Association and its 1200affiliat?
ed state and local organizations
wage a continuous winning
war on tuberculosis.
The work of these organiza?
tions is financed chielly by the
sale of tuberculosis Christinas
Buy and use tuberculosis
To the Public.
This is to notify ull those inter?
ested that the stock mid fixtures
of the Mutual Pharmacy was
sold to Dr. W. H. White on the
October 27th day, 1020, and
that the undersigned assumes
all indebtedness against above
mentioned firm up to that tlale
All parties indebted to the above
mentioned firm up to October
27 should cull at once and make
settlement with Mr. K. Q. Wnde
at the Mutual Pharmacy. Aftor
a limited time nil unpaid ac?
counts will bo put in the hands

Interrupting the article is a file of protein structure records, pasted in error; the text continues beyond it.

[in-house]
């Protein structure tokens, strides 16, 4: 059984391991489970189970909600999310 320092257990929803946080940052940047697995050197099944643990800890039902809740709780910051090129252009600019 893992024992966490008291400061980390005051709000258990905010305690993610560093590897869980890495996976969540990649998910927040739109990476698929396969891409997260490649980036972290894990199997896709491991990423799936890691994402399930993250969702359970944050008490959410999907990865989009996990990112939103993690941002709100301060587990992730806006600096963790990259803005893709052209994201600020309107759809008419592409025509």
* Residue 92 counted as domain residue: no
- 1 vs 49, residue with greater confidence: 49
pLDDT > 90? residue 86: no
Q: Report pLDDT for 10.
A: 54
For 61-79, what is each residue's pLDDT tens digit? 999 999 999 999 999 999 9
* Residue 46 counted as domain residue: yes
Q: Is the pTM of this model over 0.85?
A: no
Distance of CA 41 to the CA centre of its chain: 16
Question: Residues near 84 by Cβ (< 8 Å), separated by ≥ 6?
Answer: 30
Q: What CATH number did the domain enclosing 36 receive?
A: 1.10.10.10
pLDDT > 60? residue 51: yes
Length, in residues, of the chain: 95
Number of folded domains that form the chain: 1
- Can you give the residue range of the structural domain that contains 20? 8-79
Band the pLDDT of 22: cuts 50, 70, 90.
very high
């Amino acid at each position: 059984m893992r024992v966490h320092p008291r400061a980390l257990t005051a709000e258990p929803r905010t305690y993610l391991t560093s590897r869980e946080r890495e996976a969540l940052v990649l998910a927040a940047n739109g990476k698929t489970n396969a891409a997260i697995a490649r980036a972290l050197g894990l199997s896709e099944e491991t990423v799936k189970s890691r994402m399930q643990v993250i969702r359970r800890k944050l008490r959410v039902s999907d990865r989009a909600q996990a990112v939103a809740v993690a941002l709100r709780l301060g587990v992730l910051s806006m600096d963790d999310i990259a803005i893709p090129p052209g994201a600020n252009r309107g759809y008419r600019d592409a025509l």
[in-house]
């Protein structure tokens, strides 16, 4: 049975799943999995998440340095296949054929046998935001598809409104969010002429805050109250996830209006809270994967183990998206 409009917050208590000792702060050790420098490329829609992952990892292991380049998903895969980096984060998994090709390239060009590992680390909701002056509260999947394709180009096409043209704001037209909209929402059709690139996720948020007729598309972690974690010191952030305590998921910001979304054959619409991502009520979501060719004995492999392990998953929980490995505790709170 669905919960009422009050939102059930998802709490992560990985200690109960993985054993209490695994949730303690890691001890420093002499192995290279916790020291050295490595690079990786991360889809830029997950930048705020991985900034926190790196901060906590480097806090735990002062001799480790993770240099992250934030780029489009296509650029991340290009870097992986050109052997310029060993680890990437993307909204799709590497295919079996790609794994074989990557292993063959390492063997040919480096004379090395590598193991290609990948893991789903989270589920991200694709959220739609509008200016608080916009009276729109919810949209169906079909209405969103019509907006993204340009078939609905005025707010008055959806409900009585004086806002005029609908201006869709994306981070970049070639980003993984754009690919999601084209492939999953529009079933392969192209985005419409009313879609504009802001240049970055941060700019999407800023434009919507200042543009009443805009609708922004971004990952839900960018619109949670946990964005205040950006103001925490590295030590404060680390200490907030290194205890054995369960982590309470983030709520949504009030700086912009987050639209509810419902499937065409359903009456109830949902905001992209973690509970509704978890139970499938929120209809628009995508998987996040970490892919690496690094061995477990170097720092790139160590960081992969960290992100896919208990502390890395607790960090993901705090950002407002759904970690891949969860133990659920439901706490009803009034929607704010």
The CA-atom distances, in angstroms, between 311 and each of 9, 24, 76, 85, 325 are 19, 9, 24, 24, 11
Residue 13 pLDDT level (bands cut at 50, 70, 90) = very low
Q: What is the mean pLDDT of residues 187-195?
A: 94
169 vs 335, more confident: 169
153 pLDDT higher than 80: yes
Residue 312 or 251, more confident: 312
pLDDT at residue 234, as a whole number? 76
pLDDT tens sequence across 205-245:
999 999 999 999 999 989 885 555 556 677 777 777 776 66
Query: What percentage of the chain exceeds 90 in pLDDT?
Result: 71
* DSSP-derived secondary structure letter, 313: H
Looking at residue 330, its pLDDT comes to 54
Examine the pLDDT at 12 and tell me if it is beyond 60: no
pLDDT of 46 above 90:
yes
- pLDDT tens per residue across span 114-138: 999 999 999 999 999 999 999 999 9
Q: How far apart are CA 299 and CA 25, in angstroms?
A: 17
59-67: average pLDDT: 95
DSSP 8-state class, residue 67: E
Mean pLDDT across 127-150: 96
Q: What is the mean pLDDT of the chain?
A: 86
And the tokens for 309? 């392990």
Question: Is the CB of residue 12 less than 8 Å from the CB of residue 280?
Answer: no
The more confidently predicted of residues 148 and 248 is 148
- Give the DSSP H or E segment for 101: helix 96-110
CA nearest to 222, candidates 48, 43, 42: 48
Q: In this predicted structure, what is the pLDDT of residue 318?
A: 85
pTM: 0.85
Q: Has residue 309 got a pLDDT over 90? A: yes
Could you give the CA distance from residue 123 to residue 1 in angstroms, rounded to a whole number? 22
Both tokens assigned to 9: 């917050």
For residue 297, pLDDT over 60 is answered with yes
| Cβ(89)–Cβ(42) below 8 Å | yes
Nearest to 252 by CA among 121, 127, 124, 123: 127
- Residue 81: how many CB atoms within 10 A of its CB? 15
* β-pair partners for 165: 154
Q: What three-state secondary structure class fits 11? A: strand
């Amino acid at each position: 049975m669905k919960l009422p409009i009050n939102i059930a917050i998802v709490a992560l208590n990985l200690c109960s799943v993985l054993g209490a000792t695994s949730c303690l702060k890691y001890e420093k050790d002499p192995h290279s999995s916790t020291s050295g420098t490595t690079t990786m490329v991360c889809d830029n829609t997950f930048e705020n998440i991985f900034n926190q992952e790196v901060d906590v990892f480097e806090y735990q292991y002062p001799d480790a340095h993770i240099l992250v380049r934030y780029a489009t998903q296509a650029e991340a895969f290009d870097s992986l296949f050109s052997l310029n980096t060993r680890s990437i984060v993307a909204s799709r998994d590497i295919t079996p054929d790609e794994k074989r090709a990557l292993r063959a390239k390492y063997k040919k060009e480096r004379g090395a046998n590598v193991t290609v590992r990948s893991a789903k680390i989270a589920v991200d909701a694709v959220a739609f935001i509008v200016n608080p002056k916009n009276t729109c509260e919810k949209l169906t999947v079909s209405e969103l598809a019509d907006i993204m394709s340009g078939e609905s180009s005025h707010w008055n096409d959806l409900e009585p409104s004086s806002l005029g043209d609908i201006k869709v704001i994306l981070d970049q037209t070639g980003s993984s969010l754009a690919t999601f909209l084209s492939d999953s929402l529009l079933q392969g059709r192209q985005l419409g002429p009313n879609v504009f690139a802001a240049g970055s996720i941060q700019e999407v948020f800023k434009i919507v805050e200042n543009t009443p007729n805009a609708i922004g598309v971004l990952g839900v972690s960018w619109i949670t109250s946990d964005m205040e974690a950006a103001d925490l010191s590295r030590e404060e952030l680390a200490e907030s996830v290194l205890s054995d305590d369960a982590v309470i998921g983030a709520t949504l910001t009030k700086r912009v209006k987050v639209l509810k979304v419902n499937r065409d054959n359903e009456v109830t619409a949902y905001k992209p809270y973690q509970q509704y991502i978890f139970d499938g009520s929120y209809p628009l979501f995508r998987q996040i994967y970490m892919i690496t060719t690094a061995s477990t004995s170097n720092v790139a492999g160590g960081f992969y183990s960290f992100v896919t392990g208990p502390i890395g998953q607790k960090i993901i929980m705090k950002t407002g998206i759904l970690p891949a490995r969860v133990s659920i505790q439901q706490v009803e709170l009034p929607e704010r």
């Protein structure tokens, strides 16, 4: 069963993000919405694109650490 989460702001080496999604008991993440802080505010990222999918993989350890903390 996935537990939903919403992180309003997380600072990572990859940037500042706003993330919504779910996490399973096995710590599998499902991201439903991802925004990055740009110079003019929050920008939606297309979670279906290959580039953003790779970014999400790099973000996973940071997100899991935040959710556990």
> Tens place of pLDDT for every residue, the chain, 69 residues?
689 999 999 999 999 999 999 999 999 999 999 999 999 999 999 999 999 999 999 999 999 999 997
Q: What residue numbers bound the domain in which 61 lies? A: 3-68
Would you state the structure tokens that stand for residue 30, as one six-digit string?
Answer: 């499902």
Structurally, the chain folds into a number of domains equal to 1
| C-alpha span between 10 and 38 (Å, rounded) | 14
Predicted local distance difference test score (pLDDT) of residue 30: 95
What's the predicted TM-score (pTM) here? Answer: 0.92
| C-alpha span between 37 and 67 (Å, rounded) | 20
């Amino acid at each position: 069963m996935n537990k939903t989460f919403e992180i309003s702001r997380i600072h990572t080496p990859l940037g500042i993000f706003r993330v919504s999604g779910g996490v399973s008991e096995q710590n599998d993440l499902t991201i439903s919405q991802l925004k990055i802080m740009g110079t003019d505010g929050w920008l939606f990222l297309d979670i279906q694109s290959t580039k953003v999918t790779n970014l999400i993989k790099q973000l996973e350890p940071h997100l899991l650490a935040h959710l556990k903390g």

of an attorney for collection.
advH-47 H. E. Puick.
An announcement of uiiusual
intorcsl is tint of tlio marriage
ot Mr. Jesse !'. Klkins anil Miss
Kurs M. Wright which look
place Thursday, May -JV. 1020.
The marriage lias beon k<-j>i n
secret until this i-suo in which
appears the annouiiceinont.
Mr. Mill Mrs. J. M. Horton
Ilia inirrlago of their niece
Kur:i M W light
.Mr. .Jesse Klkins
Xi.iv 17, 1020
first ItaplUtt Church
Oil May J7, i?20, Miss Wright
itccoinpaiiied by her aunt, Mrs.
Ji Mi Dort..a. loft ror Middles
boro, Kv., on (ho morning train.
Thon- Mr. Klkins with M
I.. II. Skeeii, met them and ti.
party1 went to the Kirst Baptist
church, -where the impressive
ceremony was performed by the
Kev. .1. M. Koddy, pa-tor of (he
church. As soon as the ceremony
was coiupletctl the happy couple,